If you are an Englishman or an Australian, then it’s likely that the Ashes will be one of the pinnacles of the game of cricket. The fierce rivalry throughout the years has cumulated in some of the most memorable Test matches in the history of the game. There is no other match up in cricket that has the history or arguably the rivalry, than the Ashes does.
The two teams do battle for what’s in essence a tiny urn. It’s said to hold the ashes of the bails that were sued in the first meeting between these two teams. Interestingly, the actual urn never leaves the museum at the Lords cricket ground, with a replica being used for the presentation of modern day games.
The Ashes is played out over 5 Test matches and will be based in England and Australia every two alternate years. It’s widely thought of as one of the biggest Test series in the world with the Boxing Day Test at the MCG in Melbourne being one of the most decorated with close to 100,000 people turning out.
History of the Ashes
The Ashes actually dates back as far as 1882 where the first Test Match was played between the two teams known as The Ashes. The first game played was dated back to 1877, but the nine Test Matches played prior to the naming of The Ashes in 1882 weren’t seen as competitive matches.
The early 20th century saw Australia dominate somewhat before England started to mount a fight back winning tours in both Australia and England. After World War 1 Australia stretched their dominance with back to back wins and some of the most iconic Test matches in history, including the infamous ‘Bodyline’ series, were born.
It was this era that saw one of the greatest batsmen to have played the game in Don Bradman grace the turf whom went on to set countless records as he tormented the English over the space of two decades. Bradman never went on to play anywhere else apart from Australia and England, but he will forever go down as an all-time great averaging 99.9 over his international career.
The late 70’s and early 80’s saw England start to mount a fight back for the little Urn and it was one player that was to almost single handily manage to aid England to win in Australia; that man was Ian Botham. The 80’s in particular were dominated by Botham who was as potent with bat as he was ball. After years of torment, England finally found a new hero!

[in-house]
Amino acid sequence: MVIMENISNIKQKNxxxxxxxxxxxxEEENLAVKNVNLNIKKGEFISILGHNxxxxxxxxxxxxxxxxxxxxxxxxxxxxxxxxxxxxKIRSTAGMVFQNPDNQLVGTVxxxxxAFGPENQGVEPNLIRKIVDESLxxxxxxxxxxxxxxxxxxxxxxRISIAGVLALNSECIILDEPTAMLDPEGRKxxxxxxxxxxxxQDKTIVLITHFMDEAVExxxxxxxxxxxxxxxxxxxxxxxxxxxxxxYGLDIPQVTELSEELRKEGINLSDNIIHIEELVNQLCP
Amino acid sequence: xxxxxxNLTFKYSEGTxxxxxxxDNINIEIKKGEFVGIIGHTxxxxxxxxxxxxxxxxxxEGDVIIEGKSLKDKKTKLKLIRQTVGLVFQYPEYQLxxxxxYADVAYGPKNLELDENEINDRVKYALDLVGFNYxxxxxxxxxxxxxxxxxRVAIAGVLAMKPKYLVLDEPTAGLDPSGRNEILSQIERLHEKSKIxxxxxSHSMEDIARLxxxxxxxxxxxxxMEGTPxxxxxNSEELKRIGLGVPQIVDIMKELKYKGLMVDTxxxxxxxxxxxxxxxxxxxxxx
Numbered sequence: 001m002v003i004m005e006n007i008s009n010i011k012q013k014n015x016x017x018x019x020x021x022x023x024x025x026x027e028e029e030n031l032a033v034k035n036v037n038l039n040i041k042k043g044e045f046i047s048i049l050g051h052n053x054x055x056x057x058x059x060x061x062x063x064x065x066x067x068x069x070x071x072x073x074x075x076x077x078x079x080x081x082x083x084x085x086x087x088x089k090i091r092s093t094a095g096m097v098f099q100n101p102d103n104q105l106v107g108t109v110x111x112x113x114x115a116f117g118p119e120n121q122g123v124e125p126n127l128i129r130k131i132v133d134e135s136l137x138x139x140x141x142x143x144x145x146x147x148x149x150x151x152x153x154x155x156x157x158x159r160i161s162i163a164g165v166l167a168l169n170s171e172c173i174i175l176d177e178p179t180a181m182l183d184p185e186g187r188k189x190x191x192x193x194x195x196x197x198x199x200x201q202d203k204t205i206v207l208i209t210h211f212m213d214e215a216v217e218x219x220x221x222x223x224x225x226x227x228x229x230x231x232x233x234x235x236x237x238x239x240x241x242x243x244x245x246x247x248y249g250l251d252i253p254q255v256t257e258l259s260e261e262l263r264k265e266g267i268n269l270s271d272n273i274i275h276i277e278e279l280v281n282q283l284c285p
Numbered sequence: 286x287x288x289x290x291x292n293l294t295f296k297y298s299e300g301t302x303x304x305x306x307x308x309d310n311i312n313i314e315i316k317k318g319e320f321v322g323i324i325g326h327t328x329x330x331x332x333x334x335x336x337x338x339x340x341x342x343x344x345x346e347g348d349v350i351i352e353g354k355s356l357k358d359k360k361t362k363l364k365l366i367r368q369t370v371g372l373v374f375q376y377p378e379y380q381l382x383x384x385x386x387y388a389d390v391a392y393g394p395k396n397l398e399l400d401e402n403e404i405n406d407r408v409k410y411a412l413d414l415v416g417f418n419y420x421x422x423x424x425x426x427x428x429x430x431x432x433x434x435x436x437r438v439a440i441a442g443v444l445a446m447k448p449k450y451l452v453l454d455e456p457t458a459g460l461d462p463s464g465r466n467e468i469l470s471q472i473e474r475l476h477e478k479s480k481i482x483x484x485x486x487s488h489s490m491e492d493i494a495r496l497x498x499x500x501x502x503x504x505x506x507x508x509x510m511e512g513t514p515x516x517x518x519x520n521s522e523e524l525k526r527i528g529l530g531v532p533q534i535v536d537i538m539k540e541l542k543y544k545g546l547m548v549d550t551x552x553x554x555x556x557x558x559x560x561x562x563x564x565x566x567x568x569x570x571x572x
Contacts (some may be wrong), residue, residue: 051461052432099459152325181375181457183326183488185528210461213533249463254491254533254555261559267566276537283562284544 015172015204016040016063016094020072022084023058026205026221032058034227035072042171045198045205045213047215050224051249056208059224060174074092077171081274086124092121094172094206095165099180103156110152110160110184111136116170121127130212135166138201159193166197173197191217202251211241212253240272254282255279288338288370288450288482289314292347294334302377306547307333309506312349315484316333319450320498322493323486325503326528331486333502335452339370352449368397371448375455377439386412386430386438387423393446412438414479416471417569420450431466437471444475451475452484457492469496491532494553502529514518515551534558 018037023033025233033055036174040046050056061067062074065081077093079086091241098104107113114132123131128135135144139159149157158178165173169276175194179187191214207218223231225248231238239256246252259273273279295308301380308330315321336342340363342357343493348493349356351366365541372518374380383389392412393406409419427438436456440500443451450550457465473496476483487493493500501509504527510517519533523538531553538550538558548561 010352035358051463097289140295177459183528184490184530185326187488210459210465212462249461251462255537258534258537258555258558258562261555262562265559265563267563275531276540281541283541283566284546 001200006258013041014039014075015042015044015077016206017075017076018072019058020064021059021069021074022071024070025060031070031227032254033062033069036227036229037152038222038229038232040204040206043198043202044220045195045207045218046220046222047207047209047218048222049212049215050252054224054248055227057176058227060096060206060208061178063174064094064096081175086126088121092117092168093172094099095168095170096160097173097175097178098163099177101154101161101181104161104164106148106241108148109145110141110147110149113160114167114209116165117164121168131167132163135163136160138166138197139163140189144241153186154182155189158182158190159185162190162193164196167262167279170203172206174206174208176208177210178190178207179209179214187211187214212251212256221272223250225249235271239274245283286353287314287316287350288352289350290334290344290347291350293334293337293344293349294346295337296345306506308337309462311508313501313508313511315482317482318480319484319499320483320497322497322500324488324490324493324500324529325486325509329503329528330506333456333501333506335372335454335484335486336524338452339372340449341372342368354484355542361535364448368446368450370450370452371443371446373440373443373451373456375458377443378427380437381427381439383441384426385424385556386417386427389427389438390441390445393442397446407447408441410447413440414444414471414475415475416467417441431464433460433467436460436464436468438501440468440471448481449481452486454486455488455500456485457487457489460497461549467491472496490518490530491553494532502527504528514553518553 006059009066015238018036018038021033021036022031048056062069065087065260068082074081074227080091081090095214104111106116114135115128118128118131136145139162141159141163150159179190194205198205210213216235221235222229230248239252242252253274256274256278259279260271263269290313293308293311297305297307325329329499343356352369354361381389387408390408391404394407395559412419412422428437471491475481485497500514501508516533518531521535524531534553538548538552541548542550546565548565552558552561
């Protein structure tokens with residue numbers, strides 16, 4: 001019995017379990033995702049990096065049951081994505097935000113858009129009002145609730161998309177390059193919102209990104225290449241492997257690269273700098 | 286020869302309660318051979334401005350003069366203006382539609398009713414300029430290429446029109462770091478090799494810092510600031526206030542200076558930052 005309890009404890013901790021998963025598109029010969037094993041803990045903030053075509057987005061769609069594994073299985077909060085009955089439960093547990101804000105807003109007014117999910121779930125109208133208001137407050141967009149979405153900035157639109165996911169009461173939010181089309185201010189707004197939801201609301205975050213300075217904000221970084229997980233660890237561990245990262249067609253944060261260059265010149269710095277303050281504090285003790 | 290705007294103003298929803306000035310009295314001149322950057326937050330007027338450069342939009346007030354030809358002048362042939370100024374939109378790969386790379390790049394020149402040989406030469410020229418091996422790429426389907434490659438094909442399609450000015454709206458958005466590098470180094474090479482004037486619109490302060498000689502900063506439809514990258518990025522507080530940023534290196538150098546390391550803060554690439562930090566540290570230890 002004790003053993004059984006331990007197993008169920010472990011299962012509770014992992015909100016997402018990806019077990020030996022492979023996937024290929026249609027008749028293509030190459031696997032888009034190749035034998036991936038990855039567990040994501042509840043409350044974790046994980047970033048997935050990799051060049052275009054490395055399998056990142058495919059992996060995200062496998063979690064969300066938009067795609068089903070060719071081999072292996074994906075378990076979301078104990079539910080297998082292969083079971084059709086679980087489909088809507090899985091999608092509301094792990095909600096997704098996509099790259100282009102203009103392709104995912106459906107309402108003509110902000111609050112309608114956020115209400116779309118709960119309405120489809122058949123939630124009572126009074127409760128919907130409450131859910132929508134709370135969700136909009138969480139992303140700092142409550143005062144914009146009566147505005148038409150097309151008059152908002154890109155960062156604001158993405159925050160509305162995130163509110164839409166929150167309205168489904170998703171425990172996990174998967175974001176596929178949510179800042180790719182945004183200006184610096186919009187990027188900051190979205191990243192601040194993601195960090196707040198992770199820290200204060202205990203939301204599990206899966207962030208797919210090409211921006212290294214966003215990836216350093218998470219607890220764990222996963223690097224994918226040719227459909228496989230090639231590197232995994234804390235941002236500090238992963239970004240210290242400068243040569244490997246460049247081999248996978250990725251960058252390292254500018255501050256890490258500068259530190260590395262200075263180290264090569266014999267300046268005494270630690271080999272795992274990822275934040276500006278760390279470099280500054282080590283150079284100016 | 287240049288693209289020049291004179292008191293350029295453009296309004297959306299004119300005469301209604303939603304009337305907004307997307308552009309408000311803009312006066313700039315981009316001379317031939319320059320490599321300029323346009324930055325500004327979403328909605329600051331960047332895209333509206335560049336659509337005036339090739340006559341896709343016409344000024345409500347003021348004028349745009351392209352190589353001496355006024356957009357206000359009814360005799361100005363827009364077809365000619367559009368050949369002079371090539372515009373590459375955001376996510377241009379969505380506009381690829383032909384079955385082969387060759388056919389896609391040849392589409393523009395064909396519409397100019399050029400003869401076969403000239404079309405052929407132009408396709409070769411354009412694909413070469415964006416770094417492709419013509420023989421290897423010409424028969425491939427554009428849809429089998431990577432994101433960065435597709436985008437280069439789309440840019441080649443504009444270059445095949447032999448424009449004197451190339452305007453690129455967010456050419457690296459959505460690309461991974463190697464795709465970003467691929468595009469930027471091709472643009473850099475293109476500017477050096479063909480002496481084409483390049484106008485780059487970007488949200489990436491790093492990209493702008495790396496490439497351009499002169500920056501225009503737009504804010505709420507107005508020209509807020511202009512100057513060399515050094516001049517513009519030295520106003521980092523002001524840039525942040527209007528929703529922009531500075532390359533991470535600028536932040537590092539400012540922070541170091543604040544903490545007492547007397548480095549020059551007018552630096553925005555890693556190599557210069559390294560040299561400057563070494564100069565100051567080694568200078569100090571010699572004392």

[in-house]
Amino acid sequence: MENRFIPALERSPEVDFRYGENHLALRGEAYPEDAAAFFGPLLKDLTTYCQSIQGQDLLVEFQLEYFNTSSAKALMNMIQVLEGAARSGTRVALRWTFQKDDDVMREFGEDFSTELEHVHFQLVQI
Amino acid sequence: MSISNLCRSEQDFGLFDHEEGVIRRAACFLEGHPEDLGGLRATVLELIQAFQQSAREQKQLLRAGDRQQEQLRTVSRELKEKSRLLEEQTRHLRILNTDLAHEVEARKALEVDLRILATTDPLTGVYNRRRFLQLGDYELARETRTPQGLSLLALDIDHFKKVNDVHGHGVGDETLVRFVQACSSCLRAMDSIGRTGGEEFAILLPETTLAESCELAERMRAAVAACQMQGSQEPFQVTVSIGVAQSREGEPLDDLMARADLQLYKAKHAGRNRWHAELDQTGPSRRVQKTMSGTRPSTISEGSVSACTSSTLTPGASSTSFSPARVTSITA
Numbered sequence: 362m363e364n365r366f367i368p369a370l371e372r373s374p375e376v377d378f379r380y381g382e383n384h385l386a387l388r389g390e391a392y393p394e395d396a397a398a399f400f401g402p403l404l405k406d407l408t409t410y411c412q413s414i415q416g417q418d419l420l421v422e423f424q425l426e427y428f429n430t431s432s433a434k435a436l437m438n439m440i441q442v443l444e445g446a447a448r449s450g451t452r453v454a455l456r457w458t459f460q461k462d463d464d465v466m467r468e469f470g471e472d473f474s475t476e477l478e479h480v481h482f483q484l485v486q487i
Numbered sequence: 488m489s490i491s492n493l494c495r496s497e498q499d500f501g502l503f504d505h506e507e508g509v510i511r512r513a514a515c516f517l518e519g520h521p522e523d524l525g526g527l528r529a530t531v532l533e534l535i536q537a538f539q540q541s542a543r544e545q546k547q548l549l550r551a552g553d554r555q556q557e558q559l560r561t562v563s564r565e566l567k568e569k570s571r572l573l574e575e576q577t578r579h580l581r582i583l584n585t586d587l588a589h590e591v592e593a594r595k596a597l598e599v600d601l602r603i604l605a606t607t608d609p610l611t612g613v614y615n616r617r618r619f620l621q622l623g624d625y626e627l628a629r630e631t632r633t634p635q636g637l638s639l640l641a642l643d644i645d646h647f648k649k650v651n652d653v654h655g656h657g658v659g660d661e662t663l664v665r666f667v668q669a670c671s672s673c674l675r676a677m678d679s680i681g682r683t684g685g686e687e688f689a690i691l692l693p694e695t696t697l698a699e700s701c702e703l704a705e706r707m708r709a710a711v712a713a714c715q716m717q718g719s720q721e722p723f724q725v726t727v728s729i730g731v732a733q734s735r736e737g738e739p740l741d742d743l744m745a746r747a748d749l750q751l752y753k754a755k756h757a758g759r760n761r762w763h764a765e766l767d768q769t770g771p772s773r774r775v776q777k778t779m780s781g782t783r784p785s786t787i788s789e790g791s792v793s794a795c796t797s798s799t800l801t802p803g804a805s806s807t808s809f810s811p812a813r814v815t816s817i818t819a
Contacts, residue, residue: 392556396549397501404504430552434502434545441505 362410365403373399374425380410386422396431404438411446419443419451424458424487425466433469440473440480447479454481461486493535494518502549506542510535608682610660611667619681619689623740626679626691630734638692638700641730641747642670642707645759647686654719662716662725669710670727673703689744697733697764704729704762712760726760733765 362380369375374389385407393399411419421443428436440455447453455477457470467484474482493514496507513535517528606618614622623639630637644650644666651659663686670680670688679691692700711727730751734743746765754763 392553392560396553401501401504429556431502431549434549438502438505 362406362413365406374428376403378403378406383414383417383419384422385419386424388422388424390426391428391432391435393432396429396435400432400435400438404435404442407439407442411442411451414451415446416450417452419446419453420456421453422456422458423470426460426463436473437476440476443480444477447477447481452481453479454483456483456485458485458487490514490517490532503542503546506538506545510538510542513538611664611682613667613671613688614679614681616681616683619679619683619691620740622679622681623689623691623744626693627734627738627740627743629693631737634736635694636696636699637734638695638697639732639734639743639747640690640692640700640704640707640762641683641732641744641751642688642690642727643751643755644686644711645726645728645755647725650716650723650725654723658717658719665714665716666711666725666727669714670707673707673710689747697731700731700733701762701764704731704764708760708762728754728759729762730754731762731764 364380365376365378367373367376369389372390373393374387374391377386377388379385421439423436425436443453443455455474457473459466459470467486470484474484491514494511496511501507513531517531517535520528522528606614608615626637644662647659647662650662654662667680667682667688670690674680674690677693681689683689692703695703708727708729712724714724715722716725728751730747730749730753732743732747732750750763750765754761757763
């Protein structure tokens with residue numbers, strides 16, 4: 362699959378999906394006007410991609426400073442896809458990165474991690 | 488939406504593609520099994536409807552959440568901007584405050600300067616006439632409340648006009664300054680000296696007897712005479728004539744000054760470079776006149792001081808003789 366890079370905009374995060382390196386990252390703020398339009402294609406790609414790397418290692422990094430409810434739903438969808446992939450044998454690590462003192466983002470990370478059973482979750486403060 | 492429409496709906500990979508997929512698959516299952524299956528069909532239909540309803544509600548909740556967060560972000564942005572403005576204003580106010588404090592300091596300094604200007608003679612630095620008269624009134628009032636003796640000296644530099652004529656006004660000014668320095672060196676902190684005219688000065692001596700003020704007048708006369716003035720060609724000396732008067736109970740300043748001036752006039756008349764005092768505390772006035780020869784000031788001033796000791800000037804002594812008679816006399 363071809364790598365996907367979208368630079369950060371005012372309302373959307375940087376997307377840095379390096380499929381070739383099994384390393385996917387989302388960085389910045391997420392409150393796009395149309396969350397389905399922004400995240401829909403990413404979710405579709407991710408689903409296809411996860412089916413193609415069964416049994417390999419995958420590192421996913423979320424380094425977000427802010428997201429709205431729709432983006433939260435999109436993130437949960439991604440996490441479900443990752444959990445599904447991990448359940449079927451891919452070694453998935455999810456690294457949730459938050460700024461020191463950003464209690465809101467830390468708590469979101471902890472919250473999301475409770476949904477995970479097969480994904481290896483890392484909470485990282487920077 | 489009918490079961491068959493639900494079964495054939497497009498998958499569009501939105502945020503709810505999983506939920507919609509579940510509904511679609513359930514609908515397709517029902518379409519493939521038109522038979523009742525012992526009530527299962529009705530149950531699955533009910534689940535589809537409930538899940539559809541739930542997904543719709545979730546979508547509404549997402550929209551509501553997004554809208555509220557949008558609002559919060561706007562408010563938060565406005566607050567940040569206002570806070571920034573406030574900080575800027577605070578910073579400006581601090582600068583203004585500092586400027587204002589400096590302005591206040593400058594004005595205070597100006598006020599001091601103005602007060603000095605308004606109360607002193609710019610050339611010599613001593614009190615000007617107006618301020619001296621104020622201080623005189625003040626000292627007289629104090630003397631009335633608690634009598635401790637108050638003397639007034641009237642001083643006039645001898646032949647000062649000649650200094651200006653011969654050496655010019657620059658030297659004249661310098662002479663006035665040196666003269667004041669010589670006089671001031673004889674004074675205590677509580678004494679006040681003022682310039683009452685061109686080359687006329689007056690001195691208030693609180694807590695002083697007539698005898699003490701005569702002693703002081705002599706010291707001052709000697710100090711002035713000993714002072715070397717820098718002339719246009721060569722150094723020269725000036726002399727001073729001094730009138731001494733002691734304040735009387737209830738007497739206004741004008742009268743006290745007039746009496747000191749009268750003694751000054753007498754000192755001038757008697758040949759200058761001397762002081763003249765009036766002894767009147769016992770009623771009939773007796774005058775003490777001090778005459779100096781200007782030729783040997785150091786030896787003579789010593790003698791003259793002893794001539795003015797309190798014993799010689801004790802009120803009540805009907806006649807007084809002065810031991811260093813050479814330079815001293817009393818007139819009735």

That success was short lived, however and Australia went on an incredible run of winning every series, both home and away from 1988 up to 2005. Throughout that time they put together one of the most feared and respected test teams of all time under captain Ricky Ponting with the likes of Glenn McGrath, Shane Ware, Mark Waugh, Steve Waugh and Adam Gilchrist, to name but a few.
2005 was England’s breakthrough year under captain Michael Vaughan who managed to overcome this great Australian team in what is known as one of the most exciting Test series in crickets long history. Since then, England has been much more competitive winning back to back in 2009 and 2010-2011. The Australians currently hold the urn after winning the 2013-14 Ashes mainly thanks to the devastating bowling of Mitchell Johnson.
The Ashes Records
The history of the Ashes means that some of the biggest records actually date back to the early 1900’s with Don Bradman leading many of them in terms of batting. The Australian maestro had an average of 89.78 in Ashes Test Matches alone with a high score of 334. Interestingly though, it’s actually England’s Len Hutton who has the highest Ashes score of 364.
The most decorated bowler in Ashes history is that of Australian leg spinner, Shane Warne. Warne took 195 wickets with a best of 8/71 versus the old enemy. George Lohmann of England actually has the best bowling average of 13.01 which included 77 wickets in 15 tests.
Where to bet and markets to look out for
The Ashes is going to be another one of those markets that the majority of bookmakers will cover pretty comprehensively. You shouldn’t really have any issues in finding a bookmaker that doesn’t offer markets. So, the next question is really, which are the most in-depth? Well, we like to use bet365 and Bet Victor. This isn’t just because they offer a really good range of markets, but more often than not one of them is going to have the most competitive odds in the industry. This may only be fractions, but it all adds up.
In terms of markets to look out for, well we actually like to look at the outright winner markets. At the minute the teams are very evenly matched and there won’t be much between them. This means that the swings after just one result could be massive. A little system we like to use is the backing and laying of the winner, meaning that once a market shifts in a certain direction, we either look to back before later laying or simply lay before later backing.